“We may regard the present state of the universe as the effect of its past and the cause of its future. An intellect which at a certain moment would know all forces that set nature in motion, and all positions of all items of which Nature is composed, if this intellect were also vast enough to submit these data to analysis, it would embrace in a single formula the movements of the greatest bodies of the universe and those of the tiniest atom; for such an intellect nothing would be uncertain and the future just like the past would be present before its eyes.”
Such a classical deterministic ontology could, at best, admit a deistic conception in which final causes, if any, could be traced back only to the beginning of the universe when such an ‘intellect’ must have predetermined with utmost precision the initial conditions of every particle to obtain a specific desired dynamical evolution “of the greatest bodies of the universe and those of the tiniest atom” in the billions of years to come. Such a deity would have initially imparted the first ‘kick’ to the universe but then stood back without further intervention, leaving it to its own predetermined destiny.
While this kind of almost complete deterministic theology looks like a desperate retreat to save a theistic worldview, a Laplacian worldview that also denies the existence of such ‘intellect’ ends up in an entirely deterministic cosmology that looks equally, if not even more, extreme. In fact, it implicitly assumes that all the events in the universe not only are determined by an inescapable causal chain of causes and effects in the future but were also predetermined in the most distant past state of the universe. Our present physical state, in all its minutest details, was already inscribed in the initial conditions of the universe at the time of the Big Bang. This means that, for example, all Shakespeare’s sonnets, Mozart’s music, Newton’s Principia, every painting of Van Gogh, Einstein’s genius, and all human literature, sciences, arts, etc. were already present and somehow contained in every detail in a primordial hot, opaque and messy plasma 13.8 billion years ago. Such an inescapable deterministic Laplacian causality inevitably leads to a universe where everything must have been present in a potential form from its beginning, like in a huge book whose every page was already written in advance in a superdense, superhot, and structureless clump of hydrogen with only a few traces of helium and lithium and no other heavier elements, let alone stars or planets. If indeed, this was the case, the obvious question is: How did that fantastic story get there? Who or what encoded that epic adventure into a primeval soup?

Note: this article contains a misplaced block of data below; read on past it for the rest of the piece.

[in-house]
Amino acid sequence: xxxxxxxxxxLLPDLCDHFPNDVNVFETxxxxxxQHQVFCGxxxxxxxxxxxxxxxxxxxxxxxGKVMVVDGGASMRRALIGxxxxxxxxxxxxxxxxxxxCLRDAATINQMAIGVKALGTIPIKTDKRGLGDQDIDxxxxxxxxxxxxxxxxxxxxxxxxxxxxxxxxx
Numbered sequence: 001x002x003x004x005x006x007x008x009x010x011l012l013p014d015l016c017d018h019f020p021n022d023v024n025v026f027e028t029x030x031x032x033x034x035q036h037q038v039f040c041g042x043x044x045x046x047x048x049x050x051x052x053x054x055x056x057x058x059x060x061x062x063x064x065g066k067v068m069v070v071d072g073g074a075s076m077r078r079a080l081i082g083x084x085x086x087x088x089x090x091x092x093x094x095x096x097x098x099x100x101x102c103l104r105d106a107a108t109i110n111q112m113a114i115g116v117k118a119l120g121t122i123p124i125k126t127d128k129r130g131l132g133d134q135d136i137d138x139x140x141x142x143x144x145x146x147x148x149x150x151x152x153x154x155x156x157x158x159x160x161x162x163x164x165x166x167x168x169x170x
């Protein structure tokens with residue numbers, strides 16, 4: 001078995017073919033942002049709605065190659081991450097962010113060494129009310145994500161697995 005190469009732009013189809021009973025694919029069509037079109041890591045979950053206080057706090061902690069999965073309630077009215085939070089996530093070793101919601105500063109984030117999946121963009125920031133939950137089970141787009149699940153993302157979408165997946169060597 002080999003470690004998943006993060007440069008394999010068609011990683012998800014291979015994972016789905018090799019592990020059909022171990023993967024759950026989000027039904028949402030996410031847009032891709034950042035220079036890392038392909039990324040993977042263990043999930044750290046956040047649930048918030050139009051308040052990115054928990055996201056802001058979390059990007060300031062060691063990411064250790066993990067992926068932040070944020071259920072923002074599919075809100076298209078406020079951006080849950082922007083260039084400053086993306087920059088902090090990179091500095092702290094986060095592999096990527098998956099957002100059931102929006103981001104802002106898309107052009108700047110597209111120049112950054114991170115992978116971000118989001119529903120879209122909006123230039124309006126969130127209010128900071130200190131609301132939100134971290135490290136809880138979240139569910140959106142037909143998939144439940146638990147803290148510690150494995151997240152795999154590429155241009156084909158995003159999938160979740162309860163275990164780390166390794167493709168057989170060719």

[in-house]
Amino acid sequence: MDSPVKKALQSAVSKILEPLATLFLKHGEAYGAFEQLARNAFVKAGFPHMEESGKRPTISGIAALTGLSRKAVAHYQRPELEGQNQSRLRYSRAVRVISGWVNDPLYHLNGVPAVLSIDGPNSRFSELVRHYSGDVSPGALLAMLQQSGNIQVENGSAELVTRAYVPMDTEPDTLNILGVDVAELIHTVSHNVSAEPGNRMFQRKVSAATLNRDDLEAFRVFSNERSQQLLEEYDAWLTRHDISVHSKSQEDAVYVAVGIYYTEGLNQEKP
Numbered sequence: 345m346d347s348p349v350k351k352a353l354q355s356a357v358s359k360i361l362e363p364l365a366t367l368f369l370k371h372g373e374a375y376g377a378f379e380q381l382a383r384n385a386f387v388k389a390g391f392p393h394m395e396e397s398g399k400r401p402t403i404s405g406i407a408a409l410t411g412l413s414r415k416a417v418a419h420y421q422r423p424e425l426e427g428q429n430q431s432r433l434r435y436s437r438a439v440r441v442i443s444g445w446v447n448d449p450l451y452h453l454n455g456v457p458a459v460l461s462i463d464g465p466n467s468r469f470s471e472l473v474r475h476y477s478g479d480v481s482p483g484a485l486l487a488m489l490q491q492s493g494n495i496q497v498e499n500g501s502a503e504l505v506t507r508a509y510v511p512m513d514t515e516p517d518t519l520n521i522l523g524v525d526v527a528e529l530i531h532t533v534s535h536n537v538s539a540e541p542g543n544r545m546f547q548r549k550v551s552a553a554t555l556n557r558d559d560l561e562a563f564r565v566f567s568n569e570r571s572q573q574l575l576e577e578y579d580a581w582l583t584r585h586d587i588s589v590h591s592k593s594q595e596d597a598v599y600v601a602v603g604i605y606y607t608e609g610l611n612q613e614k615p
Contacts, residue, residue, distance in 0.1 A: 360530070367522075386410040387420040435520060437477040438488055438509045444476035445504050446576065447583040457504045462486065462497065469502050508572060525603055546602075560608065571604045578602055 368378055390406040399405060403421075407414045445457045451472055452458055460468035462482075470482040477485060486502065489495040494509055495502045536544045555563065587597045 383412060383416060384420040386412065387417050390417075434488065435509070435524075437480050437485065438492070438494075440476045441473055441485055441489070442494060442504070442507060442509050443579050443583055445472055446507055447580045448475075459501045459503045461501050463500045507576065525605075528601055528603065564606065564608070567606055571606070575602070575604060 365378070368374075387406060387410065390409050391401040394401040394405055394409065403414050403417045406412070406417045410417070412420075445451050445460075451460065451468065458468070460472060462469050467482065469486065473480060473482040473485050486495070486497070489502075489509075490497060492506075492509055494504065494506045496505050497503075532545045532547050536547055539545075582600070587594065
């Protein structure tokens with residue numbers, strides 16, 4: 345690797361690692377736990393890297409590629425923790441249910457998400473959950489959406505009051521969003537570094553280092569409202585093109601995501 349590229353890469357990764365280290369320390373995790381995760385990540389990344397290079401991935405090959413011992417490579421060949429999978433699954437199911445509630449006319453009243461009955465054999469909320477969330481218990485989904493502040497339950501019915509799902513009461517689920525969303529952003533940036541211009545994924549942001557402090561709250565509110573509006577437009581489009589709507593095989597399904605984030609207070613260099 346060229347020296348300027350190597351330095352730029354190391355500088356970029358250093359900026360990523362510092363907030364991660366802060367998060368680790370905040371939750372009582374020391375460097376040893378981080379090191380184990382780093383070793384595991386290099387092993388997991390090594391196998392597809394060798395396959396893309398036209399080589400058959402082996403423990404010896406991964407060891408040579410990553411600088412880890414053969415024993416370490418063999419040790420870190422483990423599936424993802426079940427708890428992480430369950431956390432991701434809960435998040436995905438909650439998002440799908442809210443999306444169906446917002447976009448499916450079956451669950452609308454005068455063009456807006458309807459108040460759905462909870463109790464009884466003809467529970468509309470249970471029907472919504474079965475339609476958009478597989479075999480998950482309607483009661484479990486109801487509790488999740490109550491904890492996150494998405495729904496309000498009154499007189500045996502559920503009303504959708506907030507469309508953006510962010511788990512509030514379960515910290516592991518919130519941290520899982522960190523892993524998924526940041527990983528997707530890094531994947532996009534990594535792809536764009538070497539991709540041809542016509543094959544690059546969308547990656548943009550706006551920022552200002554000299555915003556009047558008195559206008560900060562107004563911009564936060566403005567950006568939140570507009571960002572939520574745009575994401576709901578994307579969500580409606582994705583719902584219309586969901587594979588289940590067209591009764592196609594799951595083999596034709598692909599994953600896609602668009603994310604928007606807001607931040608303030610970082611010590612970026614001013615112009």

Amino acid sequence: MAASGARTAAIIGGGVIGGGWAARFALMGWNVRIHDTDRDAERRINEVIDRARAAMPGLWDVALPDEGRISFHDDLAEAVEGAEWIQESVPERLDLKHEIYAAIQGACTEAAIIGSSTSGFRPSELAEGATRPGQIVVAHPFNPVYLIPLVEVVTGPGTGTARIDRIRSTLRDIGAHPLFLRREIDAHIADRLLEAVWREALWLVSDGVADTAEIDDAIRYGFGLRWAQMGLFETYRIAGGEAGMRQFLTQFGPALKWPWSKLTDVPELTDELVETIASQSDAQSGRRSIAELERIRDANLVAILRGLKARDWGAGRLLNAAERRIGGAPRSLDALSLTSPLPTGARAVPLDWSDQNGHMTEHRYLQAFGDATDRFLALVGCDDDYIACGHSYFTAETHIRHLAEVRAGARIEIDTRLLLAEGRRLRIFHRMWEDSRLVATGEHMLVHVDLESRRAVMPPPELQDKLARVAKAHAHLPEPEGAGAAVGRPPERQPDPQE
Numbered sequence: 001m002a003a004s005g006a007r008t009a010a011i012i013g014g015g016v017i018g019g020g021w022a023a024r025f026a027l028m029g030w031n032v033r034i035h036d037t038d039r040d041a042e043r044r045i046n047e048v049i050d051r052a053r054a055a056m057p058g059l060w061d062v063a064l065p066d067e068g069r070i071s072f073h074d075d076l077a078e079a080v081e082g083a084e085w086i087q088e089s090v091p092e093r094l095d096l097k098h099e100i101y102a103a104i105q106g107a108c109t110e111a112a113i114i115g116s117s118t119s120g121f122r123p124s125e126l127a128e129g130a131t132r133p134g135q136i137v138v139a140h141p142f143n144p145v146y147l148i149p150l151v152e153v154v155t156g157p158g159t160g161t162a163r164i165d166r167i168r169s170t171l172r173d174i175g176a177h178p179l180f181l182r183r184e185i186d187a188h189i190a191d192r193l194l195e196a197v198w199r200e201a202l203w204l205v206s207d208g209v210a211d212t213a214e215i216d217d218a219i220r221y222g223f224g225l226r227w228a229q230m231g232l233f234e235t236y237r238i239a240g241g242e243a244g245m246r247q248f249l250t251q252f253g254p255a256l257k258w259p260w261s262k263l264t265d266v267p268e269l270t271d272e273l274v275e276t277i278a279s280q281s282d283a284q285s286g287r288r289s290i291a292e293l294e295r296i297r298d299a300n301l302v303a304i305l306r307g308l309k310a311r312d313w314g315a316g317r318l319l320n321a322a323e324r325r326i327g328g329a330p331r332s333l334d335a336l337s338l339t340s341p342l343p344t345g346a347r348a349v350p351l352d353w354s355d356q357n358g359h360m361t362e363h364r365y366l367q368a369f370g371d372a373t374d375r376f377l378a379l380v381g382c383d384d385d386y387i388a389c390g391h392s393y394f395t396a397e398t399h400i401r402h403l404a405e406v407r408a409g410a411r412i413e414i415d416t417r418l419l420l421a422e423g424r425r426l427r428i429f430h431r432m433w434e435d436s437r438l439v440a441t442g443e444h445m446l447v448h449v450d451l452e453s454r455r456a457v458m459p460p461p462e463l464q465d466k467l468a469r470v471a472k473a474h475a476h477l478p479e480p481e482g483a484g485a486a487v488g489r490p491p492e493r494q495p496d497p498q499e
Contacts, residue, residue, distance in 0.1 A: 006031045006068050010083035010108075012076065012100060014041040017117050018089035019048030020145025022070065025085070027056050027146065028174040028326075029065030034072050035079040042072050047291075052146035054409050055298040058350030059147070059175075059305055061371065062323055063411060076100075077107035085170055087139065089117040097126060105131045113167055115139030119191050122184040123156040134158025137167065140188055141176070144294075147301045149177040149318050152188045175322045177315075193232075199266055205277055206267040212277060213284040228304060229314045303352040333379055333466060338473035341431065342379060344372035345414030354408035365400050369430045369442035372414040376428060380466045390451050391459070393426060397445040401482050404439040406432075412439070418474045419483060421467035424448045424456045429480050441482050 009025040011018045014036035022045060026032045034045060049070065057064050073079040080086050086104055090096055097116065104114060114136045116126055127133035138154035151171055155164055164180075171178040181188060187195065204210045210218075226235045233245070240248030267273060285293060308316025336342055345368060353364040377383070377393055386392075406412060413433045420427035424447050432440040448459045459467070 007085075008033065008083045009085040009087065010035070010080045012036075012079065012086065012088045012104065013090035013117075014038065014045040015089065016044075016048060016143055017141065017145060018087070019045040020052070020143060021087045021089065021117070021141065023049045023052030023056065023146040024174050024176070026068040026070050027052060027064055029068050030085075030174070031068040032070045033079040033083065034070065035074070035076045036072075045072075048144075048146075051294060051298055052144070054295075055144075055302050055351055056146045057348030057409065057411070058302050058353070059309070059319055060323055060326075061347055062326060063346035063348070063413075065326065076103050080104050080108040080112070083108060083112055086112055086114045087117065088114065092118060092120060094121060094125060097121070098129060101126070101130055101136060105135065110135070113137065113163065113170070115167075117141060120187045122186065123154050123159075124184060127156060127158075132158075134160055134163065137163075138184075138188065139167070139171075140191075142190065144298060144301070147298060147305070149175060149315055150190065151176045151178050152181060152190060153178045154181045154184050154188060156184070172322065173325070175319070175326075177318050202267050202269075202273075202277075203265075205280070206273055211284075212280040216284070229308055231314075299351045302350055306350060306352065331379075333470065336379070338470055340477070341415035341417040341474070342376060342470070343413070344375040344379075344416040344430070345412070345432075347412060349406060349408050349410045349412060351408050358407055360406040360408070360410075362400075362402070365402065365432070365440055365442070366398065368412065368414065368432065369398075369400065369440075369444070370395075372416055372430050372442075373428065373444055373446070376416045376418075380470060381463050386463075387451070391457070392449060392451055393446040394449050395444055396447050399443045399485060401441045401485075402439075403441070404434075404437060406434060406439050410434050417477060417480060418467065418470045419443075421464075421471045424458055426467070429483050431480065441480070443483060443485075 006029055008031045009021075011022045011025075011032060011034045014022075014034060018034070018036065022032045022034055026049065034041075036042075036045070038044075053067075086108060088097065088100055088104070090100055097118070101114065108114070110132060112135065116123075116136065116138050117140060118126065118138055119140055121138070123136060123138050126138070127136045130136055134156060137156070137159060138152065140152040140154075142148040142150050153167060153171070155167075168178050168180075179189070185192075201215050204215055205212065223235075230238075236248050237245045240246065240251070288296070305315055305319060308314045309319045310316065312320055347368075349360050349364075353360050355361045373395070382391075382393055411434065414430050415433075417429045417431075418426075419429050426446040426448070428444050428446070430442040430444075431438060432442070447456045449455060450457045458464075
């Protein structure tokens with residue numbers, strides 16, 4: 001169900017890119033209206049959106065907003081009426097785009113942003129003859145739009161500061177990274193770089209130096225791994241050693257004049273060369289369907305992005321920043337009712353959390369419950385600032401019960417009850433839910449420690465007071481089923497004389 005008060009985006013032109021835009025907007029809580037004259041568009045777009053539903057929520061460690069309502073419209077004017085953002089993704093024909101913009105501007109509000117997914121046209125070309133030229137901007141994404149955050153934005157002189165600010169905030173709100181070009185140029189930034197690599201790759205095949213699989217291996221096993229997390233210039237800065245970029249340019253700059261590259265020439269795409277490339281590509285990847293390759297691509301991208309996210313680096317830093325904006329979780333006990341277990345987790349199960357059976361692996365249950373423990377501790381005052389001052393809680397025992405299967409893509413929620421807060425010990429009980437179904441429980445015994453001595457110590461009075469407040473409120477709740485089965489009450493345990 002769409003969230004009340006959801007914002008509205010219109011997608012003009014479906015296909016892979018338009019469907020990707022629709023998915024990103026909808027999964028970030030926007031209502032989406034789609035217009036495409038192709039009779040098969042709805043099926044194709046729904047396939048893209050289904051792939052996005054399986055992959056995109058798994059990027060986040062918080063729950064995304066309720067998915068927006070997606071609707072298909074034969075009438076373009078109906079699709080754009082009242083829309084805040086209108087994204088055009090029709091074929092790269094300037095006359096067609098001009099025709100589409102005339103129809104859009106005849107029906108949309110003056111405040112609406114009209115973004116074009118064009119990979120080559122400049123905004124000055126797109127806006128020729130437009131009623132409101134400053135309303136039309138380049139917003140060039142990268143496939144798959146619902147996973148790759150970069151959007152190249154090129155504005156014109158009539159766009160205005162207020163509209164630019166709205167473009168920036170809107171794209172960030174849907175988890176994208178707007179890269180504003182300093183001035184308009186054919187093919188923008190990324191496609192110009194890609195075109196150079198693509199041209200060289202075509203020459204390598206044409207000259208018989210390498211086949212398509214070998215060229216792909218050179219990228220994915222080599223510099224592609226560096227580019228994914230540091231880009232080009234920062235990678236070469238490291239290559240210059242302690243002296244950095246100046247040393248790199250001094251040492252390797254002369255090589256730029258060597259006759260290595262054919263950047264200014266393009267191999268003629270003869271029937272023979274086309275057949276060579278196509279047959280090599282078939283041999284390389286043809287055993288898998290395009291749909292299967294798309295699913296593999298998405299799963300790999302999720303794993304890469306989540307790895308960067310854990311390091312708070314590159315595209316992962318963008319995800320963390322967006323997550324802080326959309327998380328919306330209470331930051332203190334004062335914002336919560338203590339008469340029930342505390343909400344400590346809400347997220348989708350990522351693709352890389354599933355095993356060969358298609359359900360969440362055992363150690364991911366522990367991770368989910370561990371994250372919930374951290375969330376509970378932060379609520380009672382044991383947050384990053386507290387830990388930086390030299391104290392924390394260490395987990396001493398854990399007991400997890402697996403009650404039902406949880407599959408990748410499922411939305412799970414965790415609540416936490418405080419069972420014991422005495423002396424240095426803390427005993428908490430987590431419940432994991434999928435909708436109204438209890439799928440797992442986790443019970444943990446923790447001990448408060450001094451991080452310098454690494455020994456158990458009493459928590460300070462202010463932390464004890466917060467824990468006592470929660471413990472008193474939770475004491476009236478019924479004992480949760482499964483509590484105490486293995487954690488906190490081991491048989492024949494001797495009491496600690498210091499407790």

While some might be willing to embrace a deistic or purely Laplacian cosmology, both of these positions are the result of the ultimate logical consequence of two opposing hypotheses pushed to their extremes and that hardly can avoid causing some reluctance. The former is forced to posit a purely mechanistic universe with a rather indifferent (indeed, demonic) deity looking at the pains and strives of its creature like in a movie where it plays no role. The latter is forced to posit from the outset the outcome of an evolutionary process already at its beginnings: a quite perplexing philosophical move considering that it was supposed to eliminate any teleological innuendos!
Nevertheless, pondering these strictly deterministic ontologies has pedagogical usefulness in clarifying the semantics of words like ‘randomness’, ‘accident’, ‘chance’, etc. From the perspective of the Laplacian daemon, these concepts have no meaning. Nothing was, is, and ever will be random or happen by chance because everything is predictable in all its details. These are only human labels to which we resort when we are ignorant of all the parameters characterizing a phenomenon and that, therefore, we cannot “embrace in a single formula.” In the context of classical determinism, the phenomena that appear to us as completely random are also completely determined and predictable, depending only on who the observer is and having nothing to do with the phenomenon itself. The difference appears only in our minds and has no ontological correspondence.
That is why resorting to statistical arguments invoking the role of random mutations or whatever accidental events causing genetic variations and, thereby, steering an undirected Darwinian evolutionary process is an empty inference. By doing so, one erroneously conflates a measure of randomness with an empiric test for the lack of directedness or pretends to prove, by seemingly logical inference, a lack of final causes which, however, were unconsciously posited already ab initio as an axiom.
So much for the so-called “unguided Darwinian evolution”.